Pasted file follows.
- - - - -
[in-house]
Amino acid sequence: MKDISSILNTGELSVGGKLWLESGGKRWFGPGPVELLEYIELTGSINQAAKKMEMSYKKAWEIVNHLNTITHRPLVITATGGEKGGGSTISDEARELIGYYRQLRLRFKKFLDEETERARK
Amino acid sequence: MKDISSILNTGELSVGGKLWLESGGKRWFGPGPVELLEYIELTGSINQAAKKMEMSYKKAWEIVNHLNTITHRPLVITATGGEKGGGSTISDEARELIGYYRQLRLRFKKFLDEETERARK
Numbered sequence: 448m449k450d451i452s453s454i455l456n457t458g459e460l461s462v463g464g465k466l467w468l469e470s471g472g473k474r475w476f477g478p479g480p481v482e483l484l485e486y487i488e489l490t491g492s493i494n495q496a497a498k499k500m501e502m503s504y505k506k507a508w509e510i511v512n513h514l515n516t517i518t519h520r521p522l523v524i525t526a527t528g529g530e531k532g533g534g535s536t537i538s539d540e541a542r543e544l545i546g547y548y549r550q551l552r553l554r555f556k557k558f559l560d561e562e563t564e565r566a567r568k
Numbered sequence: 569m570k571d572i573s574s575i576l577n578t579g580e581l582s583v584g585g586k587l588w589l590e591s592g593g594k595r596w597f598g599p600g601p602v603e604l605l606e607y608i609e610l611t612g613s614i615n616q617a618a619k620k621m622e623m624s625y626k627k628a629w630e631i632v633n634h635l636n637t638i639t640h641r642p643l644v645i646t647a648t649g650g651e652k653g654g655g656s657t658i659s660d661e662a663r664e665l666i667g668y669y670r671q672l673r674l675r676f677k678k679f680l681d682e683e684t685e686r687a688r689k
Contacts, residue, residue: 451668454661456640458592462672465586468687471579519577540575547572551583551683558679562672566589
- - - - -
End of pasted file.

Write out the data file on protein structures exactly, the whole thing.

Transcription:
[in-house]
Amino acid sequence: MKDISSILNTGELSVGGKLWLESGGKRWFGPGPVELLEYIELTGSINQAAKKMEMSYKKAWEIVNHLNTITHRPLVITATGGEKGGGSTISDEARELIGYYRQLRLRFKKFLDEETERARK
Amino acid sequence: MKDISSILNTGELSVGGKLWLESGGKRWFGPGPVELLEYIELTGSINQAAKKMEMSYKKAWEIVNHLNTITHRPLVITATGGEKGGGSTISDEARELIGYYRQLRLRFKKFLDEETERARK
Numbered sequence: 448m449k450d451i452s453s454i455l456n457t458g459e460l461s462v463g464g465k466l467w468l469e470s471g472g473k474r475w476f477g478p479g480p481v482e483l484l485e486y487i488e489l490t491g492s493i494n495q496a497a498k499k500m501e502m503s504y505k506k507a508w509e510i511v512n513h514l515n516t517i518t519h520r521p522l523v524i525t526a527t528g529g530e531k532g533g534g535s536t537i538s539d540e541a542r543e544l545i546g547y548y549r550q551l552r553l554r555f556k557k558f559l560d561e562e563t564e565r566a567r568k
Numbered sequence: 569m570k571d572i573s574s575i576l577n578t579g580e581l582s583v584g585g586k587l588w589l590e591s592g593g594k595r596w597f598g599p600g601p602v603e604l605l606e607y608i609e610l611t612g613s614i615n616q617a618a619k620k621m622e623m624s625y626k627k628a629w630e631i632v633n634h635l636n637t638i639t640h641r642p643l644v645i646t647a648t649g650g651e652k653g654g655g656s657t658i659s660d661e662a663r664e665l666i667g668y669y670r671q672l673r674l675r676f677k678k679f680l681d682e683e684t685e686r687a688r689k
Contacts, residue, residue: 451668454661456640458592462672465586468687471579519577540575547572551583551683558679562672566589